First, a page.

figure a

A standard genetic algorithm (GA) [18] is used to simulate evolution in this system (Algorithm 2). Broadly, the mutation of an organism in each generation occurs in the following steps:

  1. 1.

    Mutate the genome sequence based on a user-defined ‘probability of a point mutation per base, per generation’ rate \(\mu\).

  2. 2.

    Assign each mutation to the gene in which it happened, and whether they are synonymous, non-synonymous, or nonsense mutations.

  3. 3.

    For each mutation, mutate any regulatory value from the corresponding gene, reflecting their synonymous or non-synonymous nature. Non-synonymous mutations will occur in links which are known to be active (e.g., a gene that is expressed in the parental expression matrix \({\varvec{E}}\)), whereas synonymous mutations would occur in links which are known to be inactive (e.g., parental expression matrix \({\varvec{E}}\) shows no activation of that specific link). Synonymous regulatory mutations are intended to allow for ‘under the hood’ or hidden regulatory changes, which do not have a measurable effect in the actual GRN but would allow for larger innovations if the mutated gene is activated.. Whether a mutation occurs on regulatory parameters \({\varvec{\theta}}\) or \({\varvec{\lambda}}\) is determined by the proportion of regulatory values these two vectors represent (\(\frac{2}{2 + n}\), where \(n\) is the number of genes).

The following assumptions are in place in the mutational process: 1. Point mutations are equally likely across the genome (i.e. no site rate heterogeneity), and each mutation will result in any of the other three nucleotides with equal probability (i.e. follows a JC model), 2. The location of a mutation in the sequence is independent from the regulatory mutation, 3. The reproductive system is clonal, haploid, and does not have recombination, 4. Insertions/deletions, and gene/genome duplications do not occur, 5. Regulatory, evolutionary and fitness parameters are branch-specific unless otherwise enforced by the user.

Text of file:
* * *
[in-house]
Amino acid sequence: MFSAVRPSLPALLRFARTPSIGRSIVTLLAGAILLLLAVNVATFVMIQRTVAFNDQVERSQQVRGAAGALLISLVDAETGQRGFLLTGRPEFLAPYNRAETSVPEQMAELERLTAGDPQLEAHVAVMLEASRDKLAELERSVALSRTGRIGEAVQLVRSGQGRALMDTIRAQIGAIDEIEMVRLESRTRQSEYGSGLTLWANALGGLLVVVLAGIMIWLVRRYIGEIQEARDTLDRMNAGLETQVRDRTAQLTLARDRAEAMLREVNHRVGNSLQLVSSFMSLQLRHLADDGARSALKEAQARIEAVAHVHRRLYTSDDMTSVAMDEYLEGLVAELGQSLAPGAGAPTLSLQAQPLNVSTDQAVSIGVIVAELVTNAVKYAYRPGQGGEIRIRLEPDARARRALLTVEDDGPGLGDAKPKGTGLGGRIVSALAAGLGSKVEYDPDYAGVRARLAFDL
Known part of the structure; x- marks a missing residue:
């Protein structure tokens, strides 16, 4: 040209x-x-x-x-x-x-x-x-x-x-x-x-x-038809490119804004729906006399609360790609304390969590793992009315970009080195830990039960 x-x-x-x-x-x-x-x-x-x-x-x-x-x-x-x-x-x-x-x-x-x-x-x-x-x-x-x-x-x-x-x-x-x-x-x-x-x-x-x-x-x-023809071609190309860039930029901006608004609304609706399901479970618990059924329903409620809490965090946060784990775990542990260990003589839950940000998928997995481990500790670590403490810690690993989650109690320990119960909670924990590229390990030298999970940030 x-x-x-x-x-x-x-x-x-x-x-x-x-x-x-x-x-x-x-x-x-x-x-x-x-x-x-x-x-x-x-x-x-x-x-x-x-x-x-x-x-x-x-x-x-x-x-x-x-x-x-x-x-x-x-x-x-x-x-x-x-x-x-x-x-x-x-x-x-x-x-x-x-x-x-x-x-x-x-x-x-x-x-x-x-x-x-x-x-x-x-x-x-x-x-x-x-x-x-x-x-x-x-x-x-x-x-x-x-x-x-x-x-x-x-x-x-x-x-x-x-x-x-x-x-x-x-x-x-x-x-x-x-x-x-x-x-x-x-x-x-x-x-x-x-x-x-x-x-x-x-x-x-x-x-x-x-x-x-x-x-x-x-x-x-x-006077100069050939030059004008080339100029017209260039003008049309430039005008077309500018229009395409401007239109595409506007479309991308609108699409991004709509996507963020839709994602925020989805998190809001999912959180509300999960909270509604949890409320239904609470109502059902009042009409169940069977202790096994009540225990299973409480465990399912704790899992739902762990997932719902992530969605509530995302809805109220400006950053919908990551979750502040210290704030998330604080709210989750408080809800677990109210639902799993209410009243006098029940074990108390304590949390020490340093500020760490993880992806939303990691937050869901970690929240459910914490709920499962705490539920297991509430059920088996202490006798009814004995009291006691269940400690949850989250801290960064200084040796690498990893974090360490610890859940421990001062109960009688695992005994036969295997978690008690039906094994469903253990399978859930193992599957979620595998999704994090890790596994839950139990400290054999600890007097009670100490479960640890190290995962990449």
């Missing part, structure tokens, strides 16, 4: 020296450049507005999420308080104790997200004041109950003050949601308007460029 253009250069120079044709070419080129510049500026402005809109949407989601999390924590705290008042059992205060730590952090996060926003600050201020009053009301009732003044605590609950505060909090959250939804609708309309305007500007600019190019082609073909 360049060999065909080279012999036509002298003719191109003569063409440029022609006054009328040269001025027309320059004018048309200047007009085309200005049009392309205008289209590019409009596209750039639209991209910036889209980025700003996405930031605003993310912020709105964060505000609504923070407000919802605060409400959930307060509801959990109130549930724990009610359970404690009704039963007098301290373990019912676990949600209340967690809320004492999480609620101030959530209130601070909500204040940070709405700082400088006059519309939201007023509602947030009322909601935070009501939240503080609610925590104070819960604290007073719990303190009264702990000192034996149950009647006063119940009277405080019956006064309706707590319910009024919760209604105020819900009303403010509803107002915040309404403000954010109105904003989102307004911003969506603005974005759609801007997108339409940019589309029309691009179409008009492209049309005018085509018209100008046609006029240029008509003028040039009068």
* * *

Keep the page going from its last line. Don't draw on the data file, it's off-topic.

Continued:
The phenotype upon which fitness is measured is the output of the regulatory parameters (i.e., the gene expression profiles). Four metrics are used to evaluate the fitness of each gene expression profile: gene quantities must not increase exponentially; the more genes activated in the system, the fitter the organism; gene expression should be as stable as possible; and the system must have reached maturity (indicated by an arbitrary gene having passed a user-defined threshold in quantity, and being expressed in the final developmental step). Specific details on how these metrics are calculated are in Additional file 1, and in the manual at the CastNet homepage.

CastNet then allows populations of such systems to evolve through user-defined branches, and numbers of generations, and in the end, will have multiple sequences simulated for each GRN, following the selective pressures imposed on the gene expression profile. CastNet simulates the evolution of multi-genic systems branch by branch, and the way the outputs are organized makes changing evolutionary parameters mid-branch relatively easy. This feature permits the simulation of branch-specific (or generation-specific within one branch) changes in rates of evolution, population size, and selective strategies.

figure b